As a young man, Sam Wellman felt lost. While his friends were pursuing their dreams in college, Sam succumbed to ennui and despair. Without purpose or direction, he drank and drank. Until one day at the bottom of a shot glass, he realized he appreciated and admired the people helping him recover. They were nurses.
“That was a huge influence on why I wanted to become a nurse,” says Wellman, Bachelor of Science in Nursing (BSN) candidate at the University of Colorado College of Nursing at the Anschutz Medical Campus. “My own journey has been difficult for sure, and I've learned how to be resilient, how to communicate, how to show up authentically, how to love, how to accept love, and how to prioritize balance. These are things that the College of Nursing really emphasizes, and I commend them on that.”
The recovering alcoholic has been sober since April 2020. He’s making up for lost time by participating in the University of Colorado Accelerated Nursing program (UCAN) at CU Nursing; a full-time pathway that will help him earn a BS in Nursing in 12 months.
Wellman graduated from Colorado State University in 2019 with a bachelor of arts and sciences in psychology and sociology. Then, he moved to Utah where he lived with his parents and found work in the field of substance abuse treatment. He later got a job with a nonprofit. While he struggled for a few years to get started, he says his parents were patient and supportive.
“What a gift. I'm incredibly grateful to them. They've enabled me to strive for goals that I never thought could be possible, like becoming a nurse. It sounds very simple in layman's terms, but to me, the opportunity to get a degree that enables me to work in medicine is a really profound thing,” he says.
During that time, Wellman learned how to balance life and take care of himself. Those skills ended up being a solid foundation for matriculating to CU Nursing.
The Four Key Pillars
Wellman learned in addiction recovery that there are four key pillars to selfcare, according to the Substance Abuse and Mental Health Services Administration. Good physical health, a stable home, having purpose and meaning, and community service. Wellman uses those pillars daily to manage the challenges of college and life. He’s especially dedicated to serving others. He volunteers for several organizations, including Alcoholics Anonymous and the 12-Step Recreation Association that organizes sports, activities, and events for people in substance abuse recovery.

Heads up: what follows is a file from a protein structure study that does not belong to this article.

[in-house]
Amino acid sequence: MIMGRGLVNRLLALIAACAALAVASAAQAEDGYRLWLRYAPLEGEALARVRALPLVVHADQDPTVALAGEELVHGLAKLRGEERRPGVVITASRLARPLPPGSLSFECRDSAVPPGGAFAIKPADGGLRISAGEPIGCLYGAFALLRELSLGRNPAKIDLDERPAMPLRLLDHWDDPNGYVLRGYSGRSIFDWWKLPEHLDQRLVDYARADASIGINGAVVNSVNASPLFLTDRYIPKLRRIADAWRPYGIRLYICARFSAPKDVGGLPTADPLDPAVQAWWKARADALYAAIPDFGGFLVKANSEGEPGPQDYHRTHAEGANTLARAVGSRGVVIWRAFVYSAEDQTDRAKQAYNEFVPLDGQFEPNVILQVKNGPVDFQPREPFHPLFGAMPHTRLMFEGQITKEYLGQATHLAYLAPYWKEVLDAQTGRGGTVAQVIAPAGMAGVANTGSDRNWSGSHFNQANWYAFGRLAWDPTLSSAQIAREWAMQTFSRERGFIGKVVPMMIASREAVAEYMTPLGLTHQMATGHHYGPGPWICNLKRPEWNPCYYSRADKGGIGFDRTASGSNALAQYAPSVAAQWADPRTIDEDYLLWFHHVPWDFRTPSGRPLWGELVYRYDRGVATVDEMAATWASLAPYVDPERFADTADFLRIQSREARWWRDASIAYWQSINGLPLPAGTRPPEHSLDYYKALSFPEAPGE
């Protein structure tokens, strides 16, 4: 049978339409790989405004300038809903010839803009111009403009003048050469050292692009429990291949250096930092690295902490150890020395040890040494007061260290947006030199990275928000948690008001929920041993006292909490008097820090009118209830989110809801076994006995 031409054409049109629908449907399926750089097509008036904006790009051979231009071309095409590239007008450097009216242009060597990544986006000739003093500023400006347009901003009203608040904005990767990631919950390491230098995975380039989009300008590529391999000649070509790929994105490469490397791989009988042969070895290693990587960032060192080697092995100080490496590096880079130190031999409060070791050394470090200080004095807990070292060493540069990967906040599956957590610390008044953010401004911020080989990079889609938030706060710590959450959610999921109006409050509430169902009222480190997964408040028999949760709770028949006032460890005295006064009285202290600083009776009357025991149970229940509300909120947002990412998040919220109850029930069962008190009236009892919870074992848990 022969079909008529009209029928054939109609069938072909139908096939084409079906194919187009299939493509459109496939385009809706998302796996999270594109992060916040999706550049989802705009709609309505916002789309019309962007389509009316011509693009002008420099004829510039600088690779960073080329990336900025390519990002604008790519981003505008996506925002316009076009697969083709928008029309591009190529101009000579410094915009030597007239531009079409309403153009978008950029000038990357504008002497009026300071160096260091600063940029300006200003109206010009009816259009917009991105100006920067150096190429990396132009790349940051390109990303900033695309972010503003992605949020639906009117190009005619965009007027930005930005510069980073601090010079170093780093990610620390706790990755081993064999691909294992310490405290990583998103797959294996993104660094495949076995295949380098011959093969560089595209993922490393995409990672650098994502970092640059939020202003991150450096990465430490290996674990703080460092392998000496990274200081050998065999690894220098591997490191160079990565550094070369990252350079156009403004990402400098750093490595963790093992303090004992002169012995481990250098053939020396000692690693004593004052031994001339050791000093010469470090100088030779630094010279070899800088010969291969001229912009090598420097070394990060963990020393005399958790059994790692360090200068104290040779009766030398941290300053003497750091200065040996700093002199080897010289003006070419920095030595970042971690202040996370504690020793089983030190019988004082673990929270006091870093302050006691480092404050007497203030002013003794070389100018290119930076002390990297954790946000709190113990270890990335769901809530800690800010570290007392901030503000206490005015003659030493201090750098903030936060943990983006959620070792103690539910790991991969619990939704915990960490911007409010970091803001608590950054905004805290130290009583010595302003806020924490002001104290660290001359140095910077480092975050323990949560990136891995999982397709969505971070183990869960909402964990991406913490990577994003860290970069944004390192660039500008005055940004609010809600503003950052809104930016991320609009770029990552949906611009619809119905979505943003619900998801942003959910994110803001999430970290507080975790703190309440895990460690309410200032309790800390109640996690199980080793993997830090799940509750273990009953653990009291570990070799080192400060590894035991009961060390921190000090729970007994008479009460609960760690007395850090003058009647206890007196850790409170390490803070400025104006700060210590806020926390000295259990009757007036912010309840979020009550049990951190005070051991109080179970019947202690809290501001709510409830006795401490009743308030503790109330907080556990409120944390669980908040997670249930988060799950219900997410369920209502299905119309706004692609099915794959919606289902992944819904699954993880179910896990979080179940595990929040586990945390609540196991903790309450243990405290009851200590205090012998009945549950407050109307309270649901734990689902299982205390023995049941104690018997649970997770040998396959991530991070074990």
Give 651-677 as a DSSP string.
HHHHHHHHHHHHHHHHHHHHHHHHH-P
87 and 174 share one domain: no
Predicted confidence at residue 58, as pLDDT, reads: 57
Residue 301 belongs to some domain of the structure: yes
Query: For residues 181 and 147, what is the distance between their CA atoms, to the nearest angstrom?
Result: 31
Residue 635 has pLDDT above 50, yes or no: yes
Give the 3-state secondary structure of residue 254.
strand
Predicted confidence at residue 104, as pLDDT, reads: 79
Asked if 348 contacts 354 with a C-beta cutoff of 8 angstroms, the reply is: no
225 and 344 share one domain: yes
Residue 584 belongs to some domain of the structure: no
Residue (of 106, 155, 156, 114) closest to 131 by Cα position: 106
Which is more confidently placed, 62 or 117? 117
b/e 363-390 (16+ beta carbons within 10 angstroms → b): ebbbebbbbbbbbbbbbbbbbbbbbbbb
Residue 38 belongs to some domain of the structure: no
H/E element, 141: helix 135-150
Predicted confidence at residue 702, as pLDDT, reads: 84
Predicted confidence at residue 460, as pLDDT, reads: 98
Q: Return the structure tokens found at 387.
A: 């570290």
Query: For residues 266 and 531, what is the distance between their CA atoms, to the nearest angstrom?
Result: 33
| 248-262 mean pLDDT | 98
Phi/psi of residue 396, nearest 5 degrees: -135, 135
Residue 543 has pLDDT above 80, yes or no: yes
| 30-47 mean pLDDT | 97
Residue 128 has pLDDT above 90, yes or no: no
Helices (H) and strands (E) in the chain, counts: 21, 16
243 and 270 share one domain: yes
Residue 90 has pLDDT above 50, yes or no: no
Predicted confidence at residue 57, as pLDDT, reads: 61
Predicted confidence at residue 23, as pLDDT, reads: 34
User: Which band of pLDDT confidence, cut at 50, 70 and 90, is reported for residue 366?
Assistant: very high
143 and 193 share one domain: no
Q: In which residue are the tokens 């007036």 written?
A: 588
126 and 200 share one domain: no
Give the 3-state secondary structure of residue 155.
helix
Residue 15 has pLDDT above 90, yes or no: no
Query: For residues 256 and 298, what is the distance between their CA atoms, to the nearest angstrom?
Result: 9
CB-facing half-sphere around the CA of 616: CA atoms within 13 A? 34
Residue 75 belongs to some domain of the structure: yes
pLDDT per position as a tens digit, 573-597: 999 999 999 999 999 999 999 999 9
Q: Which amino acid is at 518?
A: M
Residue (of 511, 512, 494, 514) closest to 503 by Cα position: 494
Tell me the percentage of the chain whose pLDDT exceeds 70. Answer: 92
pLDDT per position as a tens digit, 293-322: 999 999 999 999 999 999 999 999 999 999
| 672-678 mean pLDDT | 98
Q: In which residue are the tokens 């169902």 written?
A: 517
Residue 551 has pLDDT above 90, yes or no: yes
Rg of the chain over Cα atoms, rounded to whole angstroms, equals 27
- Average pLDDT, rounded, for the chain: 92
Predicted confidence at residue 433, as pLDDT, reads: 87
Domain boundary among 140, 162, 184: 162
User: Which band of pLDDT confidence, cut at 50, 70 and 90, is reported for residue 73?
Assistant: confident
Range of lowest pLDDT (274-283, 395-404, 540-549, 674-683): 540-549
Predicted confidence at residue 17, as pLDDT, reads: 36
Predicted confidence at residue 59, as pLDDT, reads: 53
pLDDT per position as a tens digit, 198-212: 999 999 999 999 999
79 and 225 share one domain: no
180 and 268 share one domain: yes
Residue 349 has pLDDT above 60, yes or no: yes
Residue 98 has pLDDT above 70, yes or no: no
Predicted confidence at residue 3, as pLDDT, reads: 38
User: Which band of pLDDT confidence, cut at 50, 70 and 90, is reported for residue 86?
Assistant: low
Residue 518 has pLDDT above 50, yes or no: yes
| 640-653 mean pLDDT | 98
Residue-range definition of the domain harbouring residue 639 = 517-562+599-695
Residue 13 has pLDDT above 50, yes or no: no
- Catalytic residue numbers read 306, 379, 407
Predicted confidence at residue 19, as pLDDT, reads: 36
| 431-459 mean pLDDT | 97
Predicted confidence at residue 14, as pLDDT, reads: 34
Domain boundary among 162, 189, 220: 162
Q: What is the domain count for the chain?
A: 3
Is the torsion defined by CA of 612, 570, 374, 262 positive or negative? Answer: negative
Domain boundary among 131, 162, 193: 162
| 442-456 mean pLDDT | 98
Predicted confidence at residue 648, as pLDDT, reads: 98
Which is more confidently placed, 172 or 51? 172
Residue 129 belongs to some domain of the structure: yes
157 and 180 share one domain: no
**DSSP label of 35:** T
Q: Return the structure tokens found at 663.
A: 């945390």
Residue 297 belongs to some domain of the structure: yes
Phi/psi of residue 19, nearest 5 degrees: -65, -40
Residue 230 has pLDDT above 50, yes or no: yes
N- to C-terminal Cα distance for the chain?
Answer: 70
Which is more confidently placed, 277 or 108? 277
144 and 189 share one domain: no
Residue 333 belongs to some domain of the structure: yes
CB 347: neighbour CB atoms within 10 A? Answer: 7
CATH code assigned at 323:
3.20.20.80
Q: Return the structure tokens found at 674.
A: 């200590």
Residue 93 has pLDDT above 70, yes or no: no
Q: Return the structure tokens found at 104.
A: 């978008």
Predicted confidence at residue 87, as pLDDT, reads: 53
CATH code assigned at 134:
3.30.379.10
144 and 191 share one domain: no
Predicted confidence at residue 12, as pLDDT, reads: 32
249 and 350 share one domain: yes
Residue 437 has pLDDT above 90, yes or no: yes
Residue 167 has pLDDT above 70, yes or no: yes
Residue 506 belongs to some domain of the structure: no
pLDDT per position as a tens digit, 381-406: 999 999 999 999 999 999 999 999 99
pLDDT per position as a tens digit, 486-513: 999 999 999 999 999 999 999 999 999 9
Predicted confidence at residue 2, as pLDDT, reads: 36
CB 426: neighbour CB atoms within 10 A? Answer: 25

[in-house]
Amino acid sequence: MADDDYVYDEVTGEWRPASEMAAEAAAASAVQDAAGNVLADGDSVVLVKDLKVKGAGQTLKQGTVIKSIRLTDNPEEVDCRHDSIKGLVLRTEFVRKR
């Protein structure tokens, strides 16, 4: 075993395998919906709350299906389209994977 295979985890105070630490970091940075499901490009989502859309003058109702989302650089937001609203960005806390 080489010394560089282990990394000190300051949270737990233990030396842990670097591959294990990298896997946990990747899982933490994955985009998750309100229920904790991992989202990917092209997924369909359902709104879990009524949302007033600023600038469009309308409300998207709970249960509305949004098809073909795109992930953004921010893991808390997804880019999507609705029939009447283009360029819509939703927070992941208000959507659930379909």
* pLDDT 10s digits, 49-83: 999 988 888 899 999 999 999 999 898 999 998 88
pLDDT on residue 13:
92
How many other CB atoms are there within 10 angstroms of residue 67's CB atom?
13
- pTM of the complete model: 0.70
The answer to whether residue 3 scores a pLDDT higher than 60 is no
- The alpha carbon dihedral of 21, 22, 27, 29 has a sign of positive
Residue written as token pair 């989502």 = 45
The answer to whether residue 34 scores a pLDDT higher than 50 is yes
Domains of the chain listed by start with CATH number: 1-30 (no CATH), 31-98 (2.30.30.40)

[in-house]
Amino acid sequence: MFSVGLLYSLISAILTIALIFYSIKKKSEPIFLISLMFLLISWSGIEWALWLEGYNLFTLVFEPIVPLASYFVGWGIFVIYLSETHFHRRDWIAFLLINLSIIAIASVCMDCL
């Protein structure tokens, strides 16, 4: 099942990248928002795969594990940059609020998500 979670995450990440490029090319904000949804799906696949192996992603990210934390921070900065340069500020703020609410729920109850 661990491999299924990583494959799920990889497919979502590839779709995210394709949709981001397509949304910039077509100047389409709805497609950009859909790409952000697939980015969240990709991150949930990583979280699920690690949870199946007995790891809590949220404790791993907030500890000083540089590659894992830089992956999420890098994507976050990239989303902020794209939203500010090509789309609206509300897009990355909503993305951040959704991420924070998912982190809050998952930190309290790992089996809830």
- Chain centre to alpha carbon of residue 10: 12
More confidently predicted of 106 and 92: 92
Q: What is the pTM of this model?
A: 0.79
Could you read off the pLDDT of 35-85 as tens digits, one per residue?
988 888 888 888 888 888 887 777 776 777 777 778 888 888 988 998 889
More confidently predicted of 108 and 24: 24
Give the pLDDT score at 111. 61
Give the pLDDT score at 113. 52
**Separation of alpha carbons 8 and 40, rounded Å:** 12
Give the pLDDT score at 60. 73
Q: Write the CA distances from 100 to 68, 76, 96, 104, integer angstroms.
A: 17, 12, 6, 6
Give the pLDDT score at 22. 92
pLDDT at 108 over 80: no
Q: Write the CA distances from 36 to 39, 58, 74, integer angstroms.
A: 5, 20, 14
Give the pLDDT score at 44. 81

“I try my best to give my free time to the service of others because that's what helps me stay sane and sober and healthy,” says Wellman.
The Pioneer in Nursing
UCAN students become fast friends during the program.
When Wellman was considering where he wanted to go to nursing school, he said the choice was obvious. The UCAN program at CU Nursing is nationally ranked and students get to learn at the Legacy Innovation Campus and the Anschutz Medical Campus. After checking out other schools, he found there was no place quite like the University of Colorado.
“These are ambitious learners and people eager to contribute to academia. There is also a cool level of access to actively working medical professionals. That's incredible that we get to be in such close proximity to the work, right? We're doing this to heal and to help and so, to be that close to people who are healing and helping is an incredible thing,” says Wellman.
“The true gift of being here is that the educators here are in the work - they're not retired nurses. I had a professor in pathophysiology who was a cardiac nurse practitioner. So, we’re learning based upon real clinical experiences. Also, more than half of our clinical hours are spent at the most premier hospital in the state. I am just overwhelmed with gratitude that I get to be a part of it.”
One class this year made a big impact on the 26-year-old. The geriatric nursing course taught by Professor Kelly Henrichs requires students to work clinical hours in assisted living communities to get to know the residents. Sam says the experience made him rethink what it means to be old and provide geriatric care.
“They're not different people. There is both actual and intellectual diversity in this population. There's love, happiness, and excitement, and they’re dynamic and versatile and useful people. The class completely changes the paradigm of what we really know about older adults,” says Wellman.
There have been several paradigms in Wellman’s life. With a clear-eyed view, he’s created possibilities to help and heal others while simultaneously taking care of himself.
“I'm actually really grateful for my struggles in life because they've carved out a purpose for me. I really feel like what keeps me alive and healthy and happy today is service of others,” he says.